We asked Eloisa to tell us how she creates the striking images in the calendar and how she tackles any new creative project. Read on for lots of insights into creativity, entrepreneurship, and design—as well as an essential Buenos Aires visitors guide!
Can you share a bit of your design process for the 2019 Elo Calendar?
The cover of the calendar is based on a design I did for the start of 2018, using some of the shapes I usually work with. I think that might have caught Angie’s attention and probably that’s why she asked me to collaborate on the calendar. The rest of the images are a selection of some of the photos I’ve been posting these past years, with just minimal adjustments to fit the calendar format. While they were created for a different purpose, I think they lent themselves to this very well!
How do you capture these images? Are they all photos, or are other processes involved?
Yes, they are all photos. Most of the process is before the picture. First, evaluating possible ideas, doing some drawings and mock-ups. Then preparing the materials: gathering the elements such as wood blocks, paper for the backgrounds, and other small item likes plants, washers or rubber bands. Then I paint them, and finally wait for a nice sunny day to do the shooting. After that, it’s just selecting my favorites and doing a bit of retouching.
That’s incredible. What initially drew you to working with light and shadow?
I used to take a lot of pictures while traveling to places like LA or Miami, and I always loved the sun-drenched pictures I got there. And at the studio, I have these huge windows that let in a lot of sunlight in the afternoon. So at one point, I thought, why not using this natural light to do something similar to my travel photos. I once I started doing it I couldn’t go back—I just love the way everything looks when lit by the sun: so crisp and detailed, the contrast and warmness, and the shadows so dark and well-defined. I tried to reproduce it with artificial light to be able to take pictures when it’s cloudy, but it wasn’t the same at all. Not the result nor the experience, so I’m just sticking to doing it when it’s sunny.
You run a branding studio which provides a conceptual strategy, creative direction, animation, sound design, and much more. What does a typical day look like for you?
Well, it varies a lot depending on what stage of the process we are. In the beginning, especially if it’s a pitch, it’s pure adrenaline. I love this part of the project; it’s super exciting. Then things settle a little bit: it’s important to be really focused and organized, and to be able to keep a steady pace for 2, 3, or 6 months, depending on the project. And then at the delivery stage, things get a little crazy again.
Any favorite daily rituals?
I can’t start the day without coffee! (Or “café con leche,” as we drink here in Argentina.)
Where do you look for inspiration when you begin working on a new project, either of your own or for a brand?
There are always several sources of inspiration: a broad collection of references, like an archive that we are always adding to. A narrower search and investigation we always do specifically for each project. The results of initial experimentation and trial and error are usually very productive and something we always keep going back to as the project progresses. And also past projects, previous experiences—all of the information and visual material that we have in our heads.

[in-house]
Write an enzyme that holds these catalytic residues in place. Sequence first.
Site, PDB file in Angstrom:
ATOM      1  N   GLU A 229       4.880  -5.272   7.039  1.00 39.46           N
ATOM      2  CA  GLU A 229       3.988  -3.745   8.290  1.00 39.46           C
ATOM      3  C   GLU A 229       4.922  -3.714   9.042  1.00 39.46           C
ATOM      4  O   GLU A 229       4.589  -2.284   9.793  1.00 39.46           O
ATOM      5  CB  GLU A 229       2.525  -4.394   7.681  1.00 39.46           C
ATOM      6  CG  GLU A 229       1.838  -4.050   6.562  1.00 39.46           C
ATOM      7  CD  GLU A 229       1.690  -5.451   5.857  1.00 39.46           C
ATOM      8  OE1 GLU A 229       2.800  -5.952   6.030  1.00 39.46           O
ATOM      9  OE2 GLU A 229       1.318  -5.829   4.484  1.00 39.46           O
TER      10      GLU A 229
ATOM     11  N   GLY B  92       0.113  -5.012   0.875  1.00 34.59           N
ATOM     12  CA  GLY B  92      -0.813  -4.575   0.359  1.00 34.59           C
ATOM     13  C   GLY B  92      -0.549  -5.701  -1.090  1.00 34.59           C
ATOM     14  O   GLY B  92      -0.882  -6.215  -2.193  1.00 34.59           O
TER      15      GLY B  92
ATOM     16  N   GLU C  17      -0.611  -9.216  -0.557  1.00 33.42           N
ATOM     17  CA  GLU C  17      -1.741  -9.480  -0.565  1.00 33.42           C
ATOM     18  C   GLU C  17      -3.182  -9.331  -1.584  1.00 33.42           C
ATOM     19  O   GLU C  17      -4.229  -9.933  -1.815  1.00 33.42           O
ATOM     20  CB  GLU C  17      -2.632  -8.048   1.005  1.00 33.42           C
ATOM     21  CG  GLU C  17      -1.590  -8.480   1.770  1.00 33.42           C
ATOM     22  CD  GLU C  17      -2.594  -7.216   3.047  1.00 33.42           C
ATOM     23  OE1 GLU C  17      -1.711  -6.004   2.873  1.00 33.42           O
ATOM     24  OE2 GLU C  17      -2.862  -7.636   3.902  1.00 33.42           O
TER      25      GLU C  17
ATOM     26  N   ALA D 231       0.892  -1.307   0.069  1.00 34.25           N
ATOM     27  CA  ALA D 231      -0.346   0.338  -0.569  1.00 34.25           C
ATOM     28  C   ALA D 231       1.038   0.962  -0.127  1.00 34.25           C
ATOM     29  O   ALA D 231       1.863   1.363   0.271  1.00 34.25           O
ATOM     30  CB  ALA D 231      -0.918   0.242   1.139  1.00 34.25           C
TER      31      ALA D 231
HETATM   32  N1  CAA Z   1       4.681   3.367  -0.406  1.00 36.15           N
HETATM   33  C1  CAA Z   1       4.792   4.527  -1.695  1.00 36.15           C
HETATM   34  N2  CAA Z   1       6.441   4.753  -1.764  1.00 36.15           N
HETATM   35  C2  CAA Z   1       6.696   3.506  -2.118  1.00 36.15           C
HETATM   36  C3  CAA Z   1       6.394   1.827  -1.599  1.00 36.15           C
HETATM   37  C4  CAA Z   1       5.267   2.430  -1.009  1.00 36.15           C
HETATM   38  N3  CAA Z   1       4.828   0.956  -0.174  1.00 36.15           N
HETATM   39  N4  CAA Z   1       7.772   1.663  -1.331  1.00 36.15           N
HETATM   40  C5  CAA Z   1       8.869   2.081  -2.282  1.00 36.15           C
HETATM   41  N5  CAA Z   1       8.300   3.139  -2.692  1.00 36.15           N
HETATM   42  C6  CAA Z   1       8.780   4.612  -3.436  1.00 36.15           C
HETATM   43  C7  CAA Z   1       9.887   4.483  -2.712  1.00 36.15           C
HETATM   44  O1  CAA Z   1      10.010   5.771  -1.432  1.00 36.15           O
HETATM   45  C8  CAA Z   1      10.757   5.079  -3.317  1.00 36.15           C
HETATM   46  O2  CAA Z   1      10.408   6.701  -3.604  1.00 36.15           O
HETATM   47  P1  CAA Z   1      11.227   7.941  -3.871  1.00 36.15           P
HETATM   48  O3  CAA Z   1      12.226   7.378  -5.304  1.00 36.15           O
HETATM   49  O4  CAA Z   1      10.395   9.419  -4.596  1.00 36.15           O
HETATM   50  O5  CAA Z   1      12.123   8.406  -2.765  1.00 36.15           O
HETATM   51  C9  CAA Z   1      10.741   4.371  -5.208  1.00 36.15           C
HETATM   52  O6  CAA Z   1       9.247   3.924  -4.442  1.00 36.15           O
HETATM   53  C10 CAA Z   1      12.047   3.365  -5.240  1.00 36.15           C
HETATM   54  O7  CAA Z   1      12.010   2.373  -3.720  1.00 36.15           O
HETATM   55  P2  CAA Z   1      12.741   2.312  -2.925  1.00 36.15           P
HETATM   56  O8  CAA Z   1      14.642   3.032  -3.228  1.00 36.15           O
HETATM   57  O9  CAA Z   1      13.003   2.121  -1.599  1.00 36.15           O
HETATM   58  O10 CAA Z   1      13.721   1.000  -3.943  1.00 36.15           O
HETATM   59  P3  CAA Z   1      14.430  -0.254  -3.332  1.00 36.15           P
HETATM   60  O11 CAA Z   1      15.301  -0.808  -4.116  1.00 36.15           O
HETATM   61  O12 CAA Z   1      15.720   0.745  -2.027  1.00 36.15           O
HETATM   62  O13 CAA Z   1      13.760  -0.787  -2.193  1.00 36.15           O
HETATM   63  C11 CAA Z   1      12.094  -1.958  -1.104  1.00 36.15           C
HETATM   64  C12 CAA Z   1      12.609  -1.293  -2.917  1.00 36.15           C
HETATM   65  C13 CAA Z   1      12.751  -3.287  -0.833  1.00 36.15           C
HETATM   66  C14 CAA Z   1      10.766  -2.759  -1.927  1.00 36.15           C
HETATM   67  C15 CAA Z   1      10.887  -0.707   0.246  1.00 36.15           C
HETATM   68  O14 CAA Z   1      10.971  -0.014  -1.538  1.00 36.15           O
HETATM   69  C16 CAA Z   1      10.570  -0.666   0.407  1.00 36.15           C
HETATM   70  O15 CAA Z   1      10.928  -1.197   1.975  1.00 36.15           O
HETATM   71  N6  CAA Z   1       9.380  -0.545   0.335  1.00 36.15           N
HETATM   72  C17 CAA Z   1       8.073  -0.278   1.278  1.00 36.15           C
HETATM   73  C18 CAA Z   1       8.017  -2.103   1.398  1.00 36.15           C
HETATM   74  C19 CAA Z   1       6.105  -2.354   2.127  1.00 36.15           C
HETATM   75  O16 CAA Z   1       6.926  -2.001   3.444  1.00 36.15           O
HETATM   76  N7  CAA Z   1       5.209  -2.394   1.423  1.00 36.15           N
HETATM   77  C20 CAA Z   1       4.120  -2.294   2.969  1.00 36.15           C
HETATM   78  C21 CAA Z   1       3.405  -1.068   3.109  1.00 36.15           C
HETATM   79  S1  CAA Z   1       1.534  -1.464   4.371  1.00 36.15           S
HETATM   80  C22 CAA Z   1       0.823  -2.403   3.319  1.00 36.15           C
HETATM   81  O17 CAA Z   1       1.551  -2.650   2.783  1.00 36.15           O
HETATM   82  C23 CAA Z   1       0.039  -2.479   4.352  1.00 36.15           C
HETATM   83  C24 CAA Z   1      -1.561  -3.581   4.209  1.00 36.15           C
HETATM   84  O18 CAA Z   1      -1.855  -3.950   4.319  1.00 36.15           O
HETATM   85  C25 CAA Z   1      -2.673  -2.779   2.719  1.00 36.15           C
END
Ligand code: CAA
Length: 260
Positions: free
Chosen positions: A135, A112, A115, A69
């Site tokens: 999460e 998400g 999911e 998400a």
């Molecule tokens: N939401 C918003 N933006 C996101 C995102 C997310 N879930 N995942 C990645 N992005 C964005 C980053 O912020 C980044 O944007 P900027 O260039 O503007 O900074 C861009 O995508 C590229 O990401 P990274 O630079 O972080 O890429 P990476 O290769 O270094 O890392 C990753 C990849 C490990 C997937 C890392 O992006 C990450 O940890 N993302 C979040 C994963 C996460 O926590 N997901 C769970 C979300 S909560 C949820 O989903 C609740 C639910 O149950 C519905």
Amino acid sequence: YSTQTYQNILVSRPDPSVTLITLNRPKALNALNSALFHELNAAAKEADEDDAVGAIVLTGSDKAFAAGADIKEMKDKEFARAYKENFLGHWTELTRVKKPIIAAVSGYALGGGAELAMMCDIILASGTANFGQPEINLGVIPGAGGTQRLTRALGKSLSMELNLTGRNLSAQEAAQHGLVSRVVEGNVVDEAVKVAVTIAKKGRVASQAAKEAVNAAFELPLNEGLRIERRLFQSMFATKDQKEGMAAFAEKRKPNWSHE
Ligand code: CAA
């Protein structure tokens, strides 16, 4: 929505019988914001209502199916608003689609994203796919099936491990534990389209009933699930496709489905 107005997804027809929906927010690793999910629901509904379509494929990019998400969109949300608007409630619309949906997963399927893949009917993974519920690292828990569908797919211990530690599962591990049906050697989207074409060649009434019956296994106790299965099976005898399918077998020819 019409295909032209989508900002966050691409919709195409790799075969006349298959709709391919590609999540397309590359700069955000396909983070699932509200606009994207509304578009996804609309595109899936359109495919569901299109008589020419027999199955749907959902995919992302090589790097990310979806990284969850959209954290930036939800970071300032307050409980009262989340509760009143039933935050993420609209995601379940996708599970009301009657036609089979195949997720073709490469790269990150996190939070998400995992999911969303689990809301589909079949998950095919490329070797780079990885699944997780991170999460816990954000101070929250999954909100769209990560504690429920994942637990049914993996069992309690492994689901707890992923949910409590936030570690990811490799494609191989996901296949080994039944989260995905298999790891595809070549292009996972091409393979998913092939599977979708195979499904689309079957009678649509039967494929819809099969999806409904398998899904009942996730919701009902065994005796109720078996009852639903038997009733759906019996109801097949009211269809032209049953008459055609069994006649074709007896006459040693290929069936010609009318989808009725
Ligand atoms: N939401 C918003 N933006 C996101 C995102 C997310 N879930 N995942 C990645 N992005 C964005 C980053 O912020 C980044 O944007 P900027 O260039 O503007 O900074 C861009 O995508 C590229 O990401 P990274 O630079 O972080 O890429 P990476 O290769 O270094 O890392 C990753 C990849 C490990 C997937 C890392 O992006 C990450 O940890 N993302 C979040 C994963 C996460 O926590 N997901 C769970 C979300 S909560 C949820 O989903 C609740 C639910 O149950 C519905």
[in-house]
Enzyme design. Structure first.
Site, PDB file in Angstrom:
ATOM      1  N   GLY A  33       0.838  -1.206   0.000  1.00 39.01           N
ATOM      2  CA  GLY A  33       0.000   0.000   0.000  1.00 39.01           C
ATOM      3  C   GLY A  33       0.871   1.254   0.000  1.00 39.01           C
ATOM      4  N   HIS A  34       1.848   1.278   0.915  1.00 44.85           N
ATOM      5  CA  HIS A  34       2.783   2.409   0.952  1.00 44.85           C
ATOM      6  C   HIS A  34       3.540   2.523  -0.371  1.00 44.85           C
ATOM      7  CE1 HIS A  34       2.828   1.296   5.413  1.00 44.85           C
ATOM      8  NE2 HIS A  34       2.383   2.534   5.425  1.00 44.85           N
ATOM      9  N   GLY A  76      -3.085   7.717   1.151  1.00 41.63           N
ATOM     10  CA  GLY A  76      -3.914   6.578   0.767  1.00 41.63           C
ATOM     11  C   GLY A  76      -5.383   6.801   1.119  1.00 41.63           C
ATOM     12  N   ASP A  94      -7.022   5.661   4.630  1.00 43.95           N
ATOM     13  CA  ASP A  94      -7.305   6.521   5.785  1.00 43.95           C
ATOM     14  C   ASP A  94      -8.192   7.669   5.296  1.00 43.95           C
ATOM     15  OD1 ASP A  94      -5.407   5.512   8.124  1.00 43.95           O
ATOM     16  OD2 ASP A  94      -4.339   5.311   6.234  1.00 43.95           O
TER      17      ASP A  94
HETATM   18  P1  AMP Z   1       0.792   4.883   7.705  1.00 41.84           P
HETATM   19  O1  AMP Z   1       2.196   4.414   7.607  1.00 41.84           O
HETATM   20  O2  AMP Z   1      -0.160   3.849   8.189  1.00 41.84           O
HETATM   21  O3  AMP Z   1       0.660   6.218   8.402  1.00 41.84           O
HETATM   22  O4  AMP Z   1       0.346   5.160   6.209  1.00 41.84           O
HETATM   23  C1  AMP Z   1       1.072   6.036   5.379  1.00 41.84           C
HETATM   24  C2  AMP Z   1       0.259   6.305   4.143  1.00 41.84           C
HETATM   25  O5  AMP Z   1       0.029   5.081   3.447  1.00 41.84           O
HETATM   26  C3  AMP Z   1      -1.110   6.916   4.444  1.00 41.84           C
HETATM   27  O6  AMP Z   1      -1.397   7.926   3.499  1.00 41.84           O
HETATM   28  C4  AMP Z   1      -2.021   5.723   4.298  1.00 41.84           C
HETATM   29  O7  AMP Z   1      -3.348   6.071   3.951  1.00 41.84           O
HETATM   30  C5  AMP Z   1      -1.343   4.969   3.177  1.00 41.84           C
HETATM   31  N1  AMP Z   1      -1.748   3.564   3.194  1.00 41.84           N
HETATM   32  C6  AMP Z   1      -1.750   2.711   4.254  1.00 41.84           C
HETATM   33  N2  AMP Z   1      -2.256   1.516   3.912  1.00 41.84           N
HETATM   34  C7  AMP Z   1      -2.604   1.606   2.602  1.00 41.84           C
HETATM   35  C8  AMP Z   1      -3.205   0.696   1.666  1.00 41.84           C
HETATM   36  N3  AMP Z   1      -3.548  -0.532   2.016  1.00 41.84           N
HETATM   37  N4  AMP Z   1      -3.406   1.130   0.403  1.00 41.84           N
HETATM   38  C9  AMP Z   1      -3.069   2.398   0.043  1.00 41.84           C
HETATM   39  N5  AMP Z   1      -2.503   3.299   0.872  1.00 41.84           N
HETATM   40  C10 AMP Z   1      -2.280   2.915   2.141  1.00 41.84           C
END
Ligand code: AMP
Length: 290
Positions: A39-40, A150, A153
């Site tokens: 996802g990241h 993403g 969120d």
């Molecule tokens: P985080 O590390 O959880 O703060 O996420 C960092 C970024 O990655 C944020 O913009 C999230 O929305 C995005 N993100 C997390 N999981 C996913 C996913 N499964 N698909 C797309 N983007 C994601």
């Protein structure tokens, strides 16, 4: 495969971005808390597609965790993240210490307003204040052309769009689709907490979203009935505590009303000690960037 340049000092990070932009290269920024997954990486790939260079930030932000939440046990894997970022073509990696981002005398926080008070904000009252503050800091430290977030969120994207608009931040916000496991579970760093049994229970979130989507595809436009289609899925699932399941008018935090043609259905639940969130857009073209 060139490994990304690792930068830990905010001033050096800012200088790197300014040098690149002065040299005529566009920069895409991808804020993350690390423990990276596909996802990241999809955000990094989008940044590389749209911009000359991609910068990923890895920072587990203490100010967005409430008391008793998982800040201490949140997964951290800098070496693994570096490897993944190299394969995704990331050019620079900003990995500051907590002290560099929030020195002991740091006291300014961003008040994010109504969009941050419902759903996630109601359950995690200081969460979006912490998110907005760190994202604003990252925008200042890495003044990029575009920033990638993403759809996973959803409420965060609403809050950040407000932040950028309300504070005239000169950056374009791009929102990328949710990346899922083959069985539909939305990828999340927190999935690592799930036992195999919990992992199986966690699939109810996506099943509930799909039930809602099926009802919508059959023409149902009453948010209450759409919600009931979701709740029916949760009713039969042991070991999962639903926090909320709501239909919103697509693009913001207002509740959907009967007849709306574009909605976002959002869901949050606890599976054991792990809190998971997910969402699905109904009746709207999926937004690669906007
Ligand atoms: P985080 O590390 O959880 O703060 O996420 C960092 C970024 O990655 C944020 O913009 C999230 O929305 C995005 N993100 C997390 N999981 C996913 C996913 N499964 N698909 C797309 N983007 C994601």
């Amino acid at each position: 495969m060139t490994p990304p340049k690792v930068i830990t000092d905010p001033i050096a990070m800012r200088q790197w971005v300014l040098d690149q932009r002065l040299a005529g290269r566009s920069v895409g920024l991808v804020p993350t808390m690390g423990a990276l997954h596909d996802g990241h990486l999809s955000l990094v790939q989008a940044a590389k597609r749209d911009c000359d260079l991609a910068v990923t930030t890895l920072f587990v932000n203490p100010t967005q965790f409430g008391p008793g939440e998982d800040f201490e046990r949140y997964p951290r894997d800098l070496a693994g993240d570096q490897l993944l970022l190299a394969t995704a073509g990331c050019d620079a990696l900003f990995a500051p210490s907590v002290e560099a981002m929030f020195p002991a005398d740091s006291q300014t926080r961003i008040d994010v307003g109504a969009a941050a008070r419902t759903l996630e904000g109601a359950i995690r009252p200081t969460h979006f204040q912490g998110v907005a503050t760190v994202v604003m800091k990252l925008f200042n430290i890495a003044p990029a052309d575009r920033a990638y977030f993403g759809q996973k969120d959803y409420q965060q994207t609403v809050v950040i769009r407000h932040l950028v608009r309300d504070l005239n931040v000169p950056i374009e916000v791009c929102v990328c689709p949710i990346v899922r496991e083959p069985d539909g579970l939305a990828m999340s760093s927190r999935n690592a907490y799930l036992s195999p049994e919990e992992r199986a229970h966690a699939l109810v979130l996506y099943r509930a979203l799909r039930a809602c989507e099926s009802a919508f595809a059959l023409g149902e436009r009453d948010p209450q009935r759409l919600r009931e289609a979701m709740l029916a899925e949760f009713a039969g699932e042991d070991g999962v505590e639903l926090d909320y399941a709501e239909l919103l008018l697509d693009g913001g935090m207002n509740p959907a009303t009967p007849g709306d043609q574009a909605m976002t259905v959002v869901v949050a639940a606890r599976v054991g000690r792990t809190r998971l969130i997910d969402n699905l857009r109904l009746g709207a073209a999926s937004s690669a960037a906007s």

What’s something you’ve learned since opening your studio in 2004? What’s something you’re still trying to figure out?
Professionally, I think the most important lesson I learned is to listen. Listen carefully. I think the most important part at the beginning of each project is to pay attention, to be receptive. I found out that more often than not, the answer to the problem is already in the question. On a personal level, what I appreciate the most about opening my studio is that it’s made me better, stronger, happier, and freer than I could have ever been. It’s been an amazing experience. And there are always new things to learn, but right now, probably what I’m trying to figure out is what’s next, what’s the next step. What can I do to better this?
What are you most likely doing when you’re not creating?
I love cooking! It’s something I always did but lately I’ve been finding it increasingly rewarding. It’s a mix of something relaxing with something creative as well. I find it quite similar to painting or designing in a way. I got so used to it that now it is hard for me to eat out!
If we’re visiting Buenos Aires, what should we check out?
These are some of my favorite places (to shop, eat or drink), grouped by neighborhood:
Casa Cavia: Great food in an amazingly renovated old building with a beautiful patio.
Sticotti: Love their furniture and objects! Lots of pieces from them at home.
Blue Sheep: Love their wool sweaters, plus they are located in a gorgeous building worth the visit by itself.
Roux: One of the best restaurants in town, if not the best.
Mutate: Unique objects and restored mid-century furniture. They love what they do and it shows!
These 3 are conveniently packed together in a couple blocks on Arroyo street!
Farinelli: Their location in Arroyo is one of my favorites for a slow Saturday start. Everything they have is delicious, and it makes you want to stay for hours.
Brasero Atlantico: If you come to Buenos Aires, you “must” eat meat, and this is one of my favorite places to do it.
Floreria Atlantico: Right next door, a speakeasy hidden under a florist shop.
Thank you, Elo!